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WWE’s John Cena discusses how he gave his dad the ‘double middle-finger’


Whether it’s performing in a wrestling ring, hosting the Nickelodeon Kids’ Choice Awards or visiting The Today Show, John Cena always seems at home in front of an audience. His appearance Monday during the South By Southwest Interactive Festival proved no different.

Cena, speaking in a one-on-one interview with Fox Sports’ Katie Nolan before approximately 600 festival attendees at the Austin Convention Center, delivered what you’d expect from someone who has spent 15 years as a WWE “babyface,” pro wrestling parlance for an in-ring good guy.

Cena’s babyface persona is no act. One of the most active philanthropic celebrities, Cena has granted more than 500 Make-A-Wish wishes – more than anyone else in history.

Nolan good-naturedly needled Cena for his wholesomeness, but the 39-year-old did reveal some darker corners of his life, especially when discussing his entry into the professional world of fitness.

“My dad told me I would never make it, and I wanted to give him the double middle-finger,” he said. “I just wanted to prove him wrong.”

Even more disturbing, especially for fans from his native Massachusetts? Cena grew up idolizing, among others, New York Yankees first baseman Don Mattingly. If he can survive that growing up in West Newbury, then Cena can certainly survive the WWE.

Power of Storytelling in Sports Entertainment: Over Saturday Night Live’s past six seasons, athletes like Cena, Ronda Rousey, Eli Manning and Charles Barkley have been hosts on the sketch comedy show.

Bryan Tucker, the co-head writer at SNL, said Monday that athletes tend to get the benefit of the doubt from the show’s audience since they aren’t trained comedians or actors. Therefore, it’s the writers’ job to give them workable scripts.

“The key, I feel, is to write within their own voice,” Tucker said. “Don’t make them go too far down a path that they can’t or don’t want to do.”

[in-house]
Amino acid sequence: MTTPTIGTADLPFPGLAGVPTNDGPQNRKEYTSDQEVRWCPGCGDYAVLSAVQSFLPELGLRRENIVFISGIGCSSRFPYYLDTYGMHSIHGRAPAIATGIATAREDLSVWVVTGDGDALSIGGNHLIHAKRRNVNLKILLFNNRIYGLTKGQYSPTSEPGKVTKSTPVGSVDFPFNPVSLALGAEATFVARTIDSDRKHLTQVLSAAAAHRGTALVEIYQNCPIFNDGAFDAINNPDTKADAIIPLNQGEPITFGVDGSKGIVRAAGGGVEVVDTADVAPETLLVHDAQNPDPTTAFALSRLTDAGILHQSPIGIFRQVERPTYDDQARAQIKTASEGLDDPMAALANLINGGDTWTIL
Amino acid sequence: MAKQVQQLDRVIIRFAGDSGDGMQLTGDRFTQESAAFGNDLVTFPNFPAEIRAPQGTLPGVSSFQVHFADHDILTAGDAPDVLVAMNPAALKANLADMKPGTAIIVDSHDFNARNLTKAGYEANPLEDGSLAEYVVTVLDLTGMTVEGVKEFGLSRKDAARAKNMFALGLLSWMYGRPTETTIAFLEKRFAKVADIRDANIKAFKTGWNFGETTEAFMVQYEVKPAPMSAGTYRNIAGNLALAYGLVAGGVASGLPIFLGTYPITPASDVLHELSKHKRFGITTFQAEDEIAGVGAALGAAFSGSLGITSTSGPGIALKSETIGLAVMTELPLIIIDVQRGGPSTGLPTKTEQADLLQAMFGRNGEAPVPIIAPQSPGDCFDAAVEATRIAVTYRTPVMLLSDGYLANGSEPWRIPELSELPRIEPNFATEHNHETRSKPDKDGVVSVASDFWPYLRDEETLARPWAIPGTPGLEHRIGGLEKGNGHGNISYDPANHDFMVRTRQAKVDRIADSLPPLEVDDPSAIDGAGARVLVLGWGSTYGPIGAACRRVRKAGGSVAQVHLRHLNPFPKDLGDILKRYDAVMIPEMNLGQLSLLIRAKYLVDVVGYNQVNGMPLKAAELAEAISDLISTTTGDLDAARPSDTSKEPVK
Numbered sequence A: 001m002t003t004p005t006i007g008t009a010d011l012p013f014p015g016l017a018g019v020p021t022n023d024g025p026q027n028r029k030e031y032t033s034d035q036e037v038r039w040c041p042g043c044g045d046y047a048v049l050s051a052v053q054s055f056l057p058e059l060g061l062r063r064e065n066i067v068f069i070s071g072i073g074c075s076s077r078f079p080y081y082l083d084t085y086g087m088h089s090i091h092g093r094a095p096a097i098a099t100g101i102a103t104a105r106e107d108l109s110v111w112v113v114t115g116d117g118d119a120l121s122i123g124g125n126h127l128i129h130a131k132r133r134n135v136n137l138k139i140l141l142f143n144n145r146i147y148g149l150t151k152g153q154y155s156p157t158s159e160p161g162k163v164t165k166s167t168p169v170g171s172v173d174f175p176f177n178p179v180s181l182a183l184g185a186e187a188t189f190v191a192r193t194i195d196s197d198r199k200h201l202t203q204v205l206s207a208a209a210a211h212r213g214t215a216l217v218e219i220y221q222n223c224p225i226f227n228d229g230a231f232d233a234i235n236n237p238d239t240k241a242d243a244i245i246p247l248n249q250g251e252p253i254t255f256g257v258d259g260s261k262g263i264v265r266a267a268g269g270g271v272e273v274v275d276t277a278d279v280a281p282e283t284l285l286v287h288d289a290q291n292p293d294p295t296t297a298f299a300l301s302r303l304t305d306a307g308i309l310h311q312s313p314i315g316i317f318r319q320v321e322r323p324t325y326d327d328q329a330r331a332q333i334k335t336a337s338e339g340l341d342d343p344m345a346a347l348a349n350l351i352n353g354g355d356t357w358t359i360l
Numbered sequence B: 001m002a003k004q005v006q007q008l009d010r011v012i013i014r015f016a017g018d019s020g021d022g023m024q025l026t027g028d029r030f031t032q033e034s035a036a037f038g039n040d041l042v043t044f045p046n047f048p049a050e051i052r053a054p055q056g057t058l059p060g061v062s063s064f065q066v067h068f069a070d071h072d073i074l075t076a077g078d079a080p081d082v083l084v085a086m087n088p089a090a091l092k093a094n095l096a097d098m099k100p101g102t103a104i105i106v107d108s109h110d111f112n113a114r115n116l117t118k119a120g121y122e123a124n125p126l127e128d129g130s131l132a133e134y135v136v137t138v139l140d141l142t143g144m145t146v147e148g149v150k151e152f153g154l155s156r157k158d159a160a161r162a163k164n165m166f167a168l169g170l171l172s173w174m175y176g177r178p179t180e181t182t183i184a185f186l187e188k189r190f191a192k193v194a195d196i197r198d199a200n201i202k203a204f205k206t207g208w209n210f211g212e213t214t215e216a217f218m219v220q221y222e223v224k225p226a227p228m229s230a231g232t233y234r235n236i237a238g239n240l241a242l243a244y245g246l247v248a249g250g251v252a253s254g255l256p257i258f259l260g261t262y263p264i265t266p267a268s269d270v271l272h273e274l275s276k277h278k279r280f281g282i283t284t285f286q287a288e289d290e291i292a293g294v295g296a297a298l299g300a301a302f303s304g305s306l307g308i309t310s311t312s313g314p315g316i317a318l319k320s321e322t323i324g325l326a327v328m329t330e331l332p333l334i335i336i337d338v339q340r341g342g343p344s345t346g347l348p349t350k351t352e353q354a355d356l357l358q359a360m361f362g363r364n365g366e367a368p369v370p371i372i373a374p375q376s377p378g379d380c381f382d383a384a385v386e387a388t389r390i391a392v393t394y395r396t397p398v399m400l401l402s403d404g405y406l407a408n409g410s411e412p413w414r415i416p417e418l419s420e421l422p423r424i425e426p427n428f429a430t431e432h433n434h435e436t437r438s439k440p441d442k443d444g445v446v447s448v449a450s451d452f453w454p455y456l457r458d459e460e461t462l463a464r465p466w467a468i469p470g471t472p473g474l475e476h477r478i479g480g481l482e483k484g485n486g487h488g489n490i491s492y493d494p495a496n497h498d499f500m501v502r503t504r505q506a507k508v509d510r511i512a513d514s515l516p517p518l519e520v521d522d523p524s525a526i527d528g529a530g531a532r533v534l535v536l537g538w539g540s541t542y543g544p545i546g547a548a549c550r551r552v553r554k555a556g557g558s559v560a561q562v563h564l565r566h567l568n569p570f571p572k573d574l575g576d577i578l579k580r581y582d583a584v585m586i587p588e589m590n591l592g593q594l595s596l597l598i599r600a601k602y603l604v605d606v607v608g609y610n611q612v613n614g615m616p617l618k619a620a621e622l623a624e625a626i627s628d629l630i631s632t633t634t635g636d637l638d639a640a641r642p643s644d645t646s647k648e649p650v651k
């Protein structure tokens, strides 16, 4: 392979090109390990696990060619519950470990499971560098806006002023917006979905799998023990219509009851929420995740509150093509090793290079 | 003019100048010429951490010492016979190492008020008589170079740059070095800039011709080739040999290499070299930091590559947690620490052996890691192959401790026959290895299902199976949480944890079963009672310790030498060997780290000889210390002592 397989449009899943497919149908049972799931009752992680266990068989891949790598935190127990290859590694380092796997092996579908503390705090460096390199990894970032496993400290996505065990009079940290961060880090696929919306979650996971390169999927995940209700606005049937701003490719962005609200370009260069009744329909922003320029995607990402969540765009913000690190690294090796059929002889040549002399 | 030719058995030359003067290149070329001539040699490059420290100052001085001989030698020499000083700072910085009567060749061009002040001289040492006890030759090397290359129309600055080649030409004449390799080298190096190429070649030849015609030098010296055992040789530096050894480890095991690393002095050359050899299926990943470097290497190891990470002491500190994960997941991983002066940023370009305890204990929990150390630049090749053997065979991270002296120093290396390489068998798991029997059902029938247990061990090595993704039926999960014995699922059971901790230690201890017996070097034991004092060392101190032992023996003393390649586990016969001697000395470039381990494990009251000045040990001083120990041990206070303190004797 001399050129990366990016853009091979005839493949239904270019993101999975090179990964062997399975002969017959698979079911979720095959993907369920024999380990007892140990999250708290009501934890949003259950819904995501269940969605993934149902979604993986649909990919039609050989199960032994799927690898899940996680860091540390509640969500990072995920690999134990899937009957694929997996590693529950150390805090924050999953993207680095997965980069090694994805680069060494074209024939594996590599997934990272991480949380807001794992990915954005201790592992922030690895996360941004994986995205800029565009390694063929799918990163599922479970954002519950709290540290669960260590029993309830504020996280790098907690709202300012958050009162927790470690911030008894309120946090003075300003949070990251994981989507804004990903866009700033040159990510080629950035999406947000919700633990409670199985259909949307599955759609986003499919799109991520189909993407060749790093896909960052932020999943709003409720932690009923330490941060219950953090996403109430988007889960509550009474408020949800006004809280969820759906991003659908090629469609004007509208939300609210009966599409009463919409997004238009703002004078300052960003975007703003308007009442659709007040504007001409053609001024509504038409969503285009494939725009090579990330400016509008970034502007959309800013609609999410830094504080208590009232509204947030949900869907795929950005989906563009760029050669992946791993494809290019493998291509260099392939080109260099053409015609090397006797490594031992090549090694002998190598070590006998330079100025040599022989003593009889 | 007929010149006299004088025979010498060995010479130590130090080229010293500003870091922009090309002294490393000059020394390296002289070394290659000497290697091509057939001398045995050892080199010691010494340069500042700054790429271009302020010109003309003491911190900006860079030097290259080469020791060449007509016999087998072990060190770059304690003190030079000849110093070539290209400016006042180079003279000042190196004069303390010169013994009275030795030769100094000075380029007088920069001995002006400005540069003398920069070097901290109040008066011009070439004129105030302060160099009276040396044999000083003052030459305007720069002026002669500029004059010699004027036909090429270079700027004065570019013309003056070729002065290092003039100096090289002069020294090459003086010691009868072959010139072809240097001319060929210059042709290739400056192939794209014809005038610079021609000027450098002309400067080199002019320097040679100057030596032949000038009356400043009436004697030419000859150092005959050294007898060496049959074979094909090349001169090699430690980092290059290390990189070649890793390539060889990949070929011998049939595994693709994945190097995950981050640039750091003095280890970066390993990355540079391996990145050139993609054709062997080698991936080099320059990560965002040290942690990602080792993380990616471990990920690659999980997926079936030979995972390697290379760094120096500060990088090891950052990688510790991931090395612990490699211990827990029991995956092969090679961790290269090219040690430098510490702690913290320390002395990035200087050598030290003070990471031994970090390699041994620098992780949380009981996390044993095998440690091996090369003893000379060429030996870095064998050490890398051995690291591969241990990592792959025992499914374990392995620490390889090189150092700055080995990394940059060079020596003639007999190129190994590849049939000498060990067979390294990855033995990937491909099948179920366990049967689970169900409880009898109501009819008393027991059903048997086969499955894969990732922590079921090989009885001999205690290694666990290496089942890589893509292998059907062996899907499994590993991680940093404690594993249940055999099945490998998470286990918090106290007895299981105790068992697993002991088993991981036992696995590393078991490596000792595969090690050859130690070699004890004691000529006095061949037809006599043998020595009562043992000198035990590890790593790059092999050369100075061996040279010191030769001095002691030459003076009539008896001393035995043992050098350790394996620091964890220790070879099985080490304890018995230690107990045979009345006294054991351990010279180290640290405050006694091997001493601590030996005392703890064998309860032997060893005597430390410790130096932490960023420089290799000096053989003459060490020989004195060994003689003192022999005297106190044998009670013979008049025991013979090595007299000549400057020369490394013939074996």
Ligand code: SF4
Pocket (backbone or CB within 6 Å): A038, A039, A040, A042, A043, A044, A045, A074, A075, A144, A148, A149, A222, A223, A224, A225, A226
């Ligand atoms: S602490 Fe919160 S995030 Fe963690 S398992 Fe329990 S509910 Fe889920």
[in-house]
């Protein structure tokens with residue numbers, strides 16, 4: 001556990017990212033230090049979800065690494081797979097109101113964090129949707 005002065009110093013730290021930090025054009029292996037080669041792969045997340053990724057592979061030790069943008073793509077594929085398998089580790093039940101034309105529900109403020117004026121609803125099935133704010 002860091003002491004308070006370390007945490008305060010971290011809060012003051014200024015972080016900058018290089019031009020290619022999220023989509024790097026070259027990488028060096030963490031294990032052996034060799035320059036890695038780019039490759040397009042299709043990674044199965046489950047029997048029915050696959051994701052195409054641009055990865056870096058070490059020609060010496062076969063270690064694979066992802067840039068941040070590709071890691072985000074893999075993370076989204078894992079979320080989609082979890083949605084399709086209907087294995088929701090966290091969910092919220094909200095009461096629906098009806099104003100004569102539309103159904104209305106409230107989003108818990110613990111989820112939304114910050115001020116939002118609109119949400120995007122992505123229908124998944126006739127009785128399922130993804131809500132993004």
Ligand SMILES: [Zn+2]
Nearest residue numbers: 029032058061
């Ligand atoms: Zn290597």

Tucker was one of four speakers on a SXSW panel about the off-field entertainment options in sports. Tucker, who also writes for The Kicker, was joined by ACE Media’s Scott Langerman and Bleacher Report’s Karin Hammerberg. The Kicker’s Grant Jones moderated the discussion.

Videos produced by Bleacher Report and The Kicker were presented during the panel. The audience was also shown the trailer to a dating show that featured Kansas City Chiefs tight end Travis Kelce.

“It was at that very moment that my mother turned to me and said ‘You went to law school for what?’,” joked Langerman, who was an executive producer on “Catching Kelce.”

- Danny Davis

Moneyball 2.0: Are Players Ready for Wearables?: Between Feb. 27 and March 11 – a span of 13 days – the Golden State Warriors played eight games in eight different states. So it wasn’t surprising to hear Cheri Mah say on Monday that the NBA was the sporting league with the worst sleep schedule.

“The NBA has probably one of the worst schedules because of the forced travel postgame for many of these long road trips,” said Mah, a sleep specialist at the University of California-San Francisco’s human performance center. “The NFL, you have one game a week. It’s easier to craft strategies and travel schedules around one game.”

Mah was speaking on a SXSW panel alongside physician Marcus Elliott and ESPN’s Tom Haberstroh about athletes and their sleeping habits.

Some NBA athletes like Los Angeles Clippers center DeAndre Jordan have using wearable technology (think Fitbit, Garmin or Whoop) to help monitor their sleep patterns. Wearables, however, aren’t a perfect solution. Elliott, for example, was wearing one on Monday and he complained about his devices’ ability to monitor heart rates.

Still, Mah said wearables are a step in the right direction.

“There’s some terrible wearables, some terrible apps out there for sleep,” Mah said. “The technology is going to get better. The validation is going to get there.”

- Danny Davis



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